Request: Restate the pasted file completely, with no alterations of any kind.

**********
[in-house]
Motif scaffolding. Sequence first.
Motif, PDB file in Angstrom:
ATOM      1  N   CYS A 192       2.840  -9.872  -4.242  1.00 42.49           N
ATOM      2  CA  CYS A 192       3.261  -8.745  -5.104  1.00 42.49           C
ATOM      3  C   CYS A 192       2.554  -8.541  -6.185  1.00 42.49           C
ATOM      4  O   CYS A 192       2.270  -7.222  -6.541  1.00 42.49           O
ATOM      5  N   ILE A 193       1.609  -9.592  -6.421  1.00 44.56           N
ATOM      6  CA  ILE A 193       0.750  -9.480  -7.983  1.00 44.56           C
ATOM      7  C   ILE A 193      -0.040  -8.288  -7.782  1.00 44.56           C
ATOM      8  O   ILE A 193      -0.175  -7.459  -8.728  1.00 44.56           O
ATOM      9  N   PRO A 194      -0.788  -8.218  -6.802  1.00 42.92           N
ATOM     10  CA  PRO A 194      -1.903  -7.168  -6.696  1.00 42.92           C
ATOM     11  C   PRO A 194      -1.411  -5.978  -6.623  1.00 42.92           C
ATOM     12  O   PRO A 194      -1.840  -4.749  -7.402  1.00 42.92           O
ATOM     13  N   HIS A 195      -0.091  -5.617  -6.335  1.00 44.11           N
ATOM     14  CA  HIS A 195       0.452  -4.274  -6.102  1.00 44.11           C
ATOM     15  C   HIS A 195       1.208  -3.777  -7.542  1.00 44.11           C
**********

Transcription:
[in-house]
Motif scaffolding. Sequence first.
Motif, PDB file in Angstrom:
ATOM      1  N   CYS A 192       2.840  -9.872  -4.242  1.00 42.49           N
ATOM      2  CA  CYS A 192       3.261  -8.745  -5.104  1.00 42.49           C
ATOM      3  C   CYS A 192       2.554  -8.541  -6.185  1.00 42.49           C
ATOM      4  O   CYS A 192       2.270  -7.222  -6.541  1.00 42.49           O
ATOM      5  N   ILE A 193       1.609  -9.592  -6.421  1.00 44.56           N
ATOM      6  CA  ILE A 193       0.750  -9.480  -7.983  1.00 44.56           C
ATOM      7  C   ILE A 193      -0.040  -8.288  -7.782  1.00 44.56           C
ATOM      8  O   ILE A 193      -0.175  -7.459  -8.728  1.00 44.56           O
ATOM      9  N   PRO A 194      -0.788  -8.218  -6.802  1.00 42.92           N
ATOM     10  CA  PRO A 194      -1.903  -7.168  -6.696  1.00 42.92           C
ATOM     11  C   PRO A 194      -1.411  -5.978  -6.623  1.00 42.92           C
ATOM     12  O   PRO A 194      -1.840  -4.749  -7.402  1.00 42.92           O
ATOM     13  N   HIS A 195      -0.091  -5.617  -6.335  1.00 44.11           N
ATOM     14  CA  HIS A 195       0.452  -4.274  -6.102  1.00 44.11           C
ATOM     15  C   HIS A 195       1.208  -3.777  -7.542  1.00 44.11           C